UNITED STATES, WASHINGTON (OBSERVATORY) — British Prime Minister Boris Johnson has announced that parliament will be suspended until October 14.
“The Prime Minister spoke with Her Majesty the Queen and asked her to complete the current parliamentary session in the second week of meetings in September. At the end of the traditional season of party conferences, the second session of the current parliament will begin with the Queen’s speech on Monday, October 14,” the office said.
Given the fact that parliamentarians will leave the holidays on September 3, they will have a few days left before and after the suspension of work in order to somehow prevent Britain from leaving the EU without an agreement.
Meanwhile, Johnson explained the decision to suspend the work of parliament by the need to implement an internal political program.
“The decision to put an end to the current parliamentary session – the longest in almost 400 years and one of the least active in recent months – will allow the Prime Minister to present to the deputies a new domestic political agenda, while leaving enough time for Parliament before and after the European Council (it will be held 17- October 18) to consider further issues related to Brexit,” the report said.
At the same time, many colleagues see in the decision of the Prime Minister the desire to limit as much as possible their voting rights on Brexit issues.
According to speaker John Birkou, Johnson’s goal is to prevent parliament from discussing the terms of the exit.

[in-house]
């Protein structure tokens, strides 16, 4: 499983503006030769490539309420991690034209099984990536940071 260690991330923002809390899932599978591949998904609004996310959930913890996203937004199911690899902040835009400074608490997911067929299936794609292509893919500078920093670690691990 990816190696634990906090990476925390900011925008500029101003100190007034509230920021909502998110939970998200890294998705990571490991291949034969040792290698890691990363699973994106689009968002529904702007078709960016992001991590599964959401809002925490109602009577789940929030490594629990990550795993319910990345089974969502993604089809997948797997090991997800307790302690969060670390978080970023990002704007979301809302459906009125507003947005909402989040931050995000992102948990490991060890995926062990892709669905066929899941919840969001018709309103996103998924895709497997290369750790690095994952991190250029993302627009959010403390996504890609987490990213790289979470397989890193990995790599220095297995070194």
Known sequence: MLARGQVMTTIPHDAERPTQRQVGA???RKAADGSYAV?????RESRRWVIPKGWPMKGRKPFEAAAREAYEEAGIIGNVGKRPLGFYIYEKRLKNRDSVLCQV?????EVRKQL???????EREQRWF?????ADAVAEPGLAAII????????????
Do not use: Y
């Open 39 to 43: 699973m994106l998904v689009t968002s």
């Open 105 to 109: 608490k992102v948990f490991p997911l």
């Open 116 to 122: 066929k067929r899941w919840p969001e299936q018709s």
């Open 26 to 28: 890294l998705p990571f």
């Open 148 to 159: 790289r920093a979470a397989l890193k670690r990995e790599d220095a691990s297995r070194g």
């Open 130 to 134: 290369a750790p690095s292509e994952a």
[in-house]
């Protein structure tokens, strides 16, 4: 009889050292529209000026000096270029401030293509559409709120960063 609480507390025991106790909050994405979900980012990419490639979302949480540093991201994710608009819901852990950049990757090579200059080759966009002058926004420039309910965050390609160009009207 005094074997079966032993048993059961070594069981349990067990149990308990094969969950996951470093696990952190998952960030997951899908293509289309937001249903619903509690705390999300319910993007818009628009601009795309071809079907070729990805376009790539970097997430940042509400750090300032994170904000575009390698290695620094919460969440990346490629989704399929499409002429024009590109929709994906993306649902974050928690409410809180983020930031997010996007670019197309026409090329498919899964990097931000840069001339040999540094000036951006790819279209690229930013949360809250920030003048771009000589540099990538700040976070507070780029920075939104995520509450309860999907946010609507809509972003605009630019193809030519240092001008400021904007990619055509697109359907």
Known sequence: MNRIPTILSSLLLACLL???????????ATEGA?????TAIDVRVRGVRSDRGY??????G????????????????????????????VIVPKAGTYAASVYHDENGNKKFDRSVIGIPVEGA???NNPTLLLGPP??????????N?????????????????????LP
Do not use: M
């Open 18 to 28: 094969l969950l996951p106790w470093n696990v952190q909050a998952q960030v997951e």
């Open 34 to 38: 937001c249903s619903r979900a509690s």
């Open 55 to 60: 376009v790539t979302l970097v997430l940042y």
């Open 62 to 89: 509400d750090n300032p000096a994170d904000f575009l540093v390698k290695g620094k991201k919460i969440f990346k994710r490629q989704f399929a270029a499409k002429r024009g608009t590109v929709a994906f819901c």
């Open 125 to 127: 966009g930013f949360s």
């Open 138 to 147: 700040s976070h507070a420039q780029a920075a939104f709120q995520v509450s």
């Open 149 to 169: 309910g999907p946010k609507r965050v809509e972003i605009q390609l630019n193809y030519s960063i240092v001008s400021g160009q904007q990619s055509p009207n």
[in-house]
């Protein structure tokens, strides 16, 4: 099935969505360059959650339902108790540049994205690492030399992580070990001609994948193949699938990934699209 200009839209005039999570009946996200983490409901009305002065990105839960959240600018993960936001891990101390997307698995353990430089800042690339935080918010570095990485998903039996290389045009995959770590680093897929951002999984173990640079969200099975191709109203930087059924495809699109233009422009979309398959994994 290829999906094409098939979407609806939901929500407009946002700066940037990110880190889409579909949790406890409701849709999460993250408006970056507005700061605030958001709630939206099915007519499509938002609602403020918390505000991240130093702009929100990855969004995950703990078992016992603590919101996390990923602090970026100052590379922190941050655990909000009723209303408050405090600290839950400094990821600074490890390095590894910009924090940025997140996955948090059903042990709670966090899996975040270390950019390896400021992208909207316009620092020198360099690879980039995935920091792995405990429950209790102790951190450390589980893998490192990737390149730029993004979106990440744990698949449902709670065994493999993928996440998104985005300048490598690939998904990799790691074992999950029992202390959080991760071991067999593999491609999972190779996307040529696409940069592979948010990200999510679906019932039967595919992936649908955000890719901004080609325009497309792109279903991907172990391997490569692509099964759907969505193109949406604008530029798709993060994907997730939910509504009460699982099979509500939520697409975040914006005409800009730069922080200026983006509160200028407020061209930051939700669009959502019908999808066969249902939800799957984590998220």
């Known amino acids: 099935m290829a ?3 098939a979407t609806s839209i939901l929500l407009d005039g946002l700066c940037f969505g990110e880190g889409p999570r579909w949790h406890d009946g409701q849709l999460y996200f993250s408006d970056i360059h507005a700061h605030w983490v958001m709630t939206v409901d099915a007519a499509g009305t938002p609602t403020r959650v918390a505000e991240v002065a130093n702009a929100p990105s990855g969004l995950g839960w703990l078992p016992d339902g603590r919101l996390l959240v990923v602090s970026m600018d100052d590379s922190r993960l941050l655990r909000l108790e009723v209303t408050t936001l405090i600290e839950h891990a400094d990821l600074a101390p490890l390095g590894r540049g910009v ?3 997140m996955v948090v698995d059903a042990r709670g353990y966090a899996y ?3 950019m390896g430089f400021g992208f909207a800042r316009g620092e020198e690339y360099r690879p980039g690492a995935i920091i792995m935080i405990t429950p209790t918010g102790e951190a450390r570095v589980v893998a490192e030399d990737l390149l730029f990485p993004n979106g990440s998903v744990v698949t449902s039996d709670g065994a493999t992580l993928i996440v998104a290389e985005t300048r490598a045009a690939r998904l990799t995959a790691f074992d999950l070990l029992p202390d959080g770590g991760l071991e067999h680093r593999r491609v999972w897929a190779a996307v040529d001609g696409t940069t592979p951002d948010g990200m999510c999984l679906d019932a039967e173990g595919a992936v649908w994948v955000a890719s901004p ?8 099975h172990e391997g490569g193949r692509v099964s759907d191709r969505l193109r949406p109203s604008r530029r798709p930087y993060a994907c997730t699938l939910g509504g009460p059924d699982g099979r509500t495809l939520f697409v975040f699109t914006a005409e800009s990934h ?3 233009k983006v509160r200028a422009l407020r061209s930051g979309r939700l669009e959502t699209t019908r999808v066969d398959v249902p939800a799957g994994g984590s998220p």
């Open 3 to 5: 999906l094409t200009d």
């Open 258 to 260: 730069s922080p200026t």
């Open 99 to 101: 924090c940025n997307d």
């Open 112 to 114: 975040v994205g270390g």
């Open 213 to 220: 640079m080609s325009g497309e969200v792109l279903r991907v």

“The closure of the parliament will be an insult to the democratic process and the rights of parliamentarians as elected representatives of the people,” the statement said.
Former Finance Minister Philip Hammond called the prime minister’s decision “deeply undemocratic.”
“This is a gross constitutional violation – not to give parliament the opportunity to control the government during the national crisis,” he wrote on Twitter.
According to the forecast of Brexit party leader Nigel Farage, the suspension of the parliament “will almost certainly lead to a vote of confidence” to the prime minister.
The UK should leave the EU on October 31, but the situation has reached an impasse:
Parliament is opposed to the agreement with the European Union in its current form and is categorically opposed to Brexit without an agreement. The EU refuses to go for a review.
The day before, the leaders of the opposition British parties agreed to jointly oppose the withdrawal without an agreement. They are considering various options, including the adoption of a bill and a motion of no confidence in Johnson.
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